The women had appealed to both Indian Prime Minister Narendra Modi and Pakistan Prime Minister Imran Khan to resolve their problems. The Indian government has earlier said that former militants who re-entered the country through Nepal or Bangladesh, and not through three designated points along the India-Pakistan border or through the international airport in New Delhi, have forfeited their citizenship rights.
To this, the former militants and their families say that they went to Pakistan illegally and had to come back through illegal routes.
Former chief minister of J&K Mehbooba Mufti had requested the central government to make Nepal border as one of the designated routes, but her plea was not accepted.
As per state records, 377 men came back with 864 family members. Most of them are regretting their decision.
Tariq Ahmed of Habba Kadal, Srinagr, was a former militant who had infiltrated the Line of Control (LoC) to come back with his Pakistani wife and three children in 2011. He says, “I was well settled there and coming back to Kashmir was my gravest mistake. My wife cries for her family. My children are not getting proper education. There are no proper documents with us for getting ration cards and Aadhar cards. Everything we do here is by jugaad (underhand means).”
The perilous journey to Kashmir has also sometimes ended in tragedy. Some Pakistani women have been divorced, some have lost their husbands, some have developed mental illnesses, and some have committed suicide.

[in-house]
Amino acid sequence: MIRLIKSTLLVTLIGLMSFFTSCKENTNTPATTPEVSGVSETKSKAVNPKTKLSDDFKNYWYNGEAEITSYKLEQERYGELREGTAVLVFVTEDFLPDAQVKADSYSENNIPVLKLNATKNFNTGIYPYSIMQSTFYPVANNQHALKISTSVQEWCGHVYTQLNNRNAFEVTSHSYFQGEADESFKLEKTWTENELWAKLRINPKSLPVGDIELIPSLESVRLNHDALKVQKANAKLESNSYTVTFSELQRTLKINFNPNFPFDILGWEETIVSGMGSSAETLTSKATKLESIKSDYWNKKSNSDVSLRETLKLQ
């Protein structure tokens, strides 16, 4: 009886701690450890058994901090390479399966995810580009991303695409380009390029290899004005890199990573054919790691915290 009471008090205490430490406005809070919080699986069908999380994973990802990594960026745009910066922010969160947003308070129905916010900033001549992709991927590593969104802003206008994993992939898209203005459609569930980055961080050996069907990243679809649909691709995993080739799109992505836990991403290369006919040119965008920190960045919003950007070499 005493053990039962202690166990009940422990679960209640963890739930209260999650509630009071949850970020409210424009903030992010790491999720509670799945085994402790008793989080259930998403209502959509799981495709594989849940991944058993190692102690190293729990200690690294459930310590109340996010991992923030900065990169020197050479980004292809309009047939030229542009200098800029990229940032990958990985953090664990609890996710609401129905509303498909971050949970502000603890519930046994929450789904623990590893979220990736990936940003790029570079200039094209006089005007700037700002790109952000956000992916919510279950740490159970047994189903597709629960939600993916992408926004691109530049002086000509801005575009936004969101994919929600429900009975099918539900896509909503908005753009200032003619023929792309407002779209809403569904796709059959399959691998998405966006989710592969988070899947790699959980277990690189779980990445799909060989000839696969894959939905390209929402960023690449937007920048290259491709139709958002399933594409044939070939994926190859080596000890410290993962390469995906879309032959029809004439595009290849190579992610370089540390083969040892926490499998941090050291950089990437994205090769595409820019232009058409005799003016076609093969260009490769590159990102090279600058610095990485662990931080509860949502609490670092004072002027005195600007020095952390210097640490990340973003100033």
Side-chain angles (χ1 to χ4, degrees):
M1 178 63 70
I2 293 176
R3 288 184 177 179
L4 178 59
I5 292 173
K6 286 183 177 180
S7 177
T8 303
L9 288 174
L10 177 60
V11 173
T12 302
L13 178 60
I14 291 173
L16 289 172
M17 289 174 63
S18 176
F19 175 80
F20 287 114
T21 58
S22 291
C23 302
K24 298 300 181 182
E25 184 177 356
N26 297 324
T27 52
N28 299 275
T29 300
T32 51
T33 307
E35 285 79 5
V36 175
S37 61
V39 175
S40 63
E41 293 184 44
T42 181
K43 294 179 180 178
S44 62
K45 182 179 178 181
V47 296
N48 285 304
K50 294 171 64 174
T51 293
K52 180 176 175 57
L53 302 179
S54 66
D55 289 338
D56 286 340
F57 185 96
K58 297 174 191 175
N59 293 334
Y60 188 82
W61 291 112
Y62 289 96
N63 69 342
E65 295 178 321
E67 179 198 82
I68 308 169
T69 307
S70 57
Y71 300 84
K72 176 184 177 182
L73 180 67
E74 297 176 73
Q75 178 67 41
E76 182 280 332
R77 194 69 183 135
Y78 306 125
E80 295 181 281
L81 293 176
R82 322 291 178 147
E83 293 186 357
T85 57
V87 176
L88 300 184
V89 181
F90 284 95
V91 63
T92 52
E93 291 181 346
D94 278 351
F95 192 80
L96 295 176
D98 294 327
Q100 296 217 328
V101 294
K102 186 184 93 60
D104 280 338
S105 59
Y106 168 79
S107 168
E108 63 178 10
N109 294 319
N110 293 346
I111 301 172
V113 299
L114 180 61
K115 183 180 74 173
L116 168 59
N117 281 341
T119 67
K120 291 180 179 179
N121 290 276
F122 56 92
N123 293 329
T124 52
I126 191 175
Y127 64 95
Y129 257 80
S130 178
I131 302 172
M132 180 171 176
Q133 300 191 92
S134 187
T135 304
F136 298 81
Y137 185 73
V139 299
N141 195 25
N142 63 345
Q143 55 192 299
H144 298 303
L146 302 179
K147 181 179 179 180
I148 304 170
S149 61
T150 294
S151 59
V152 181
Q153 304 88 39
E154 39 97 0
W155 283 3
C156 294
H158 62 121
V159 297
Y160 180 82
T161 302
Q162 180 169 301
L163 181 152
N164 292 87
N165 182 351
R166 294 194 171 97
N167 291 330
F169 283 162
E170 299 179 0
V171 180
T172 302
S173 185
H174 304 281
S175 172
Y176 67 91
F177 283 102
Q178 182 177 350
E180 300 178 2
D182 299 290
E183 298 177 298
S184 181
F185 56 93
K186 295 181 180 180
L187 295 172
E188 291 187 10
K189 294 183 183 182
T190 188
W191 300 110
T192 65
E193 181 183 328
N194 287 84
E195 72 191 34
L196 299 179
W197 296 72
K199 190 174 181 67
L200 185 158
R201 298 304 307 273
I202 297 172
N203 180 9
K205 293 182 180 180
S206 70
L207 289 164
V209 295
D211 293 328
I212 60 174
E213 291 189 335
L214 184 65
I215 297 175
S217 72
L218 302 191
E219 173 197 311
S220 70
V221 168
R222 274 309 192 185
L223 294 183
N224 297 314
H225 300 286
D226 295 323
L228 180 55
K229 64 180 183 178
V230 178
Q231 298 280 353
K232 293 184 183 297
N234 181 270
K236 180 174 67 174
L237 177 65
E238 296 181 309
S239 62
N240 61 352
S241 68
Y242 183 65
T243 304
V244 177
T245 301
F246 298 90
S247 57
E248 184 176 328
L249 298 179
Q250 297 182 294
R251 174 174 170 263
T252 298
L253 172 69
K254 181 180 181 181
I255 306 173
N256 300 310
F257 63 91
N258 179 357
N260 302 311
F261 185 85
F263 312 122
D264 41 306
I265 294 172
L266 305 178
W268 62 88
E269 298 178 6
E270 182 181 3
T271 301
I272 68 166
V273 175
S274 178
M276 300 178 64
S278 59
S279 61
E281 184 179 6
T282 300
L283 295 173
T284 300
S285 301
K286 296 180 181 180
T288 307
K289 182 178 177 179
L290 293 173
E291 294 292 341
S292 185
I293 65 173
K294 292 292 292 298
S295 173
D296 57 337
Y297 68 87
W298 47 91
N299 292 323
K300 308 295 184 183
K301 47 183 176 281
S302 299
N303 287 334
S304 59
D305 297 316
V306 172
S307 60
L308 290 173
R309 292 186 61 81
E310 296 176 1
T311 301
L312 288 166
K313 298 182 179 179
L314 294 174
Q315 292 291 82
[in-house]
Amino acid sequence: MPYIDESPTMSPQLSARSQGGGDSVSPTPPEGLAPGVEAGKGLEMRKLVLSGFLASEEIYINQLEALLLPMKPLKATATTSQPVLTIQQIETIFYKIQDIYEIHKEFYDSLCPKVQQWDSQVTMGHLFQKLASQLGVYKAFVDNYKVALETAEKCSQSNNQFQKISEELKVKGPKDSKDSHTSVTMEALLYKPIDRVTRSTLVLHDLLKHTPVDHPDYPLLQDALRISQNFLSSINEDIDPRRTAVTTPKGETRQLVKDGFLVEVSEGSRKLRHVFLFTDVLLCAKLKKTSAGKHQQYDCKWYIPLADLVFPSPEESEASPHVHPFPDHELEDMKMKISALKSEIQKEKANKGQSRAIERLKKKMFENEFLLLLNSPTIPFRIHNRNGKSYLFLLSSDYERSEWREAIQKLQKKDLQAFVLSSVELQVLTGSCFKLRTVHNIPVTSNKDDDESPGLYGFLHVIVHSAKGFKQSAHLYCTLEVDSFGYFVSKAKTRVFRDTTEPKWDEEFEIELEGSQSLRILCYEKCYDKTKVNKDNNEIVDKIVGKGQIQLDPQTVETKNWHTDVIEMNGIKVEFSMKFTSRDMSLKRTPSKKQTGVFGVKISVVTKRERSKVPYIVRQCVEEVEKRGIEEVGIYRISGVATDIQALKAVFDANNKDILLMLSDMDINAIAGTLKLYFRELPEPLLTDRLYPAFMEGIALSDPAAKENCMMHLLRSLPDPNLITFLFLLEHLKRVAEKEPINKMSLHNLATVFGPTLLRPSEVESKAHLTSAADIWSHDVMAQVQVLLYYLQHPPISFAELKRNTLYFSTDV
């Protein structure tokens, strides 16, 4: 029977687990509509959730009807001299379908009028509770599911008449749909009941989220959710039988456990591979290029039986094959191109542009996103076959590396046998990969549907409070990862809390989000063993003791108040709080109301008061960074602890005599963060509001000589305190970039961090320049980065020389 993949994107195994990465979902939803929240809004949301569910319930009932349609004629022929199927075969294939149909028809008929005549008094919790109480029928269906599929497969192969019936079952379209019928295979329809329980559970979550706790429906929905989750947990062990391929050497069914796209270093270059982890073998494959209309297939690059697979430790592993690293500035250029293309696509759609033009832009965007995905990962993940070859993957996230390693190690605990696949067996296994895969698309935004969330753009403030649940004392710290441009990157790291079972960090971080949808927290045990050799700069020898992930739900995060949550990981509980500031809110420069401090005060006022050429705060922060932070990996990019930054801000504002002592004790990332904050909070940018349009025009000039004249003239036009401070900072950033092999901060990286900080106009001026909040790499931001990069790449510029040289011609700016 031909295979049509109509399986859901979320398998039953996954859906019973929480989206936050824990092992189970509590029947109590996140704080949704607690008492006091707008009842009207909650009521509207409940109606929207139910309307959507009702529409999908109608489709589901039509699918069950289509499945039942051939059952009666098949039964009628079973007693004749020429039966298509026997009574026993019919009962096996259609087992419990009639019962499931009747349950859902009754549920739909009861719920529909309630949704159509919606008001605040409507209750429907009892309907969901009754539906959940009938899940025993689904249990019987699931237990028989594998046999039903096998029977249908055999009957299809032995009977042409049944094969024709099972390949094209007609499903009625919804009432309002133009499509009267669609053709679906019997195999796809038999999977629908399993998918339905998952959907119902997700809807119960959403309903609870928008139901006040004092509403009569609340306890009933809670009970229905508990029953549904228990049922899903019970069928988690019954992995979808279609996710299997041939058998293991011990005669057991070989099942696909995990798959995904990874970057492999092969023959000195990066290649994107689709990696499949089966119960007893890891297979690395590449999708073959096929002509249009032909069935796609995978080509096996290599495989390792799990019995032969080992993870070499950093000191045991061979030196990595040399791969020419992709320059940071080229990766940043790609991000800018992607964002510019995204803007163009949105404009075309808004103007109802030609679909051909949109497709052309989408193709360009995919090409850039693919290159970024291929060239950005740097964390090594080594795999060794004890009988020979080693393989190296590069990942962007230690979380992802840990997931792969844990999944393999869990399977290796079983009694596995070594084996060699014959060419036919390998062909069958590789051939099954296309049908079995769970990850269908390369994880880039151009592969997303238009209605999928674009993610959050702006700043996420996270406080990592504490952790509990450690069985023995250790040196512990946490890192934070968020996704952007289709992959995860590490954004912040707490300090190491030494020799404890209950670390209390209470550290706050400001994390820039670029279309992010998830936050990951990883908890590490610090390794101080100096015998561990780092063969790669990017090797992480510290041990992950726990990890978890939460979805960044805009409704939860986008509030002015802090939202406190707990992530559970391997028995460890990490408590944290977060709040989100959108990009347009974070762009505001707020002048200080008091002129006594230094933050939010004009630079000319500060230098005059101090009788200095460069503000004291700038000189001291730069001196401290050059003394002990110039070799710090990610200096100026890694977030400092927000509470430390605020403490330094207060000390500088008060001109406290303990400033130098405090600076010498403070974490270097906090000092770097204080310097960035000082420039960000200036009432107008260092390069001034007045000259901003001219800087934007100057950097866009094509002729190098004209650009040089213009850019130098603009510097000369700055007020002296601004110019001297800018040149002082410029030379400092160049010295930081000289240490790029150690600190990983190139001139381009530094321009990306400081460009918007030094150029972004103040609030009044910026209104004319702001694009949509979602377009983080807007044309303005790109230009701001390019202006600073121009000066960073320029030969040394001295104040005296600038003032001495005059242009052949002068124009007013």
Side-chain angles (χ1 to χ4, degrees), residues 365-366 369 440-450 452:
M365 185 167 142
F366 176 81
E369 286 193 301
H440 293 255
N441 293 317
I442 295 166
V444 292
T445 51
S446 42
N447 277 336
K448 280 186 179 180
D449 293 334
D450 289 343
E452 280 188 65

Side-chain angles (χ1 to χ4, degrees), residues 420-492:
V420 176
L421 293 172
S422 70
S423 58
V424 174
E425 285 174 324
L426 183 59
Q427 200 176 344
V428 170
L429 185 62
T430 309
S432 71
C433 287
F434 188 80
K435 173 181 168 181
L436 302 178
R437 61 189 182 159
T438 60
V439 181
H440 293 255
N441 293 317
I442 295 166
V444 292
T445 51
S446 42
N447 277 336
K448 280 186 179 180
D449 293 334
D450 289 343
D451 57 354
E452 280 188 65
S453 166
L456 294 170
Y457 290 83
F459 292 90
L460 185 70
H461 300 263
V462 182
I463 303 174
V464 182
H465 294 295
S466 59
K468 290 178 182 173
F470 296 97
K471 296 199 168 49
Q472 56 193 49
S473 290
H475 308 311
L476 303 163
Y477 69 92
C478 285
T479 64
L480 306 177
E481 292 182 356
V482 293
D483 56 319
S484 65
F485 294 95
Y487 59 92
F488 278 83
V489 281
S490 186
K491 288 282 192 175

Saira Begum was among the Pakistani women who accompanied her husband to Kashmir. The family lived in extreme poverty and, in April 2014, she committed suicide. The same year, former militant Syed Bashir Bukhari set himself on fire in the village square of Kreeri in north Kashmir. Bukhari’s family had struggled for years to obtain Indian citizenship for his Pakistani wife and local schools had refused to admit their son.
Given voting rights but denied citizenship
Omar Shahzad, a former militant who returned to Kashmir through the rehabilitation policy in 2010, says that one the one hand the Pakistani wives have been given voting rights but on the other hand they have been declared to be illegal citizens.
Shahzad, who campaigns for Pakistani women’s rights in Kashmir, told Kashmir Reader, “Since the policy was rolled out, we have been used for political gains. We are allowed to vote but when our sisters (Pakistani women) demand travel documents, they are denied on the pretext that you live illegally here.”
Zeba, a Pakistani woman living in Kashmir, said, “We cannot get travel documents or hold government jobs. Admission to school is not easy. We can’t open a bank account or legally apply for a cooking gas connection. Buying property is out of the question.”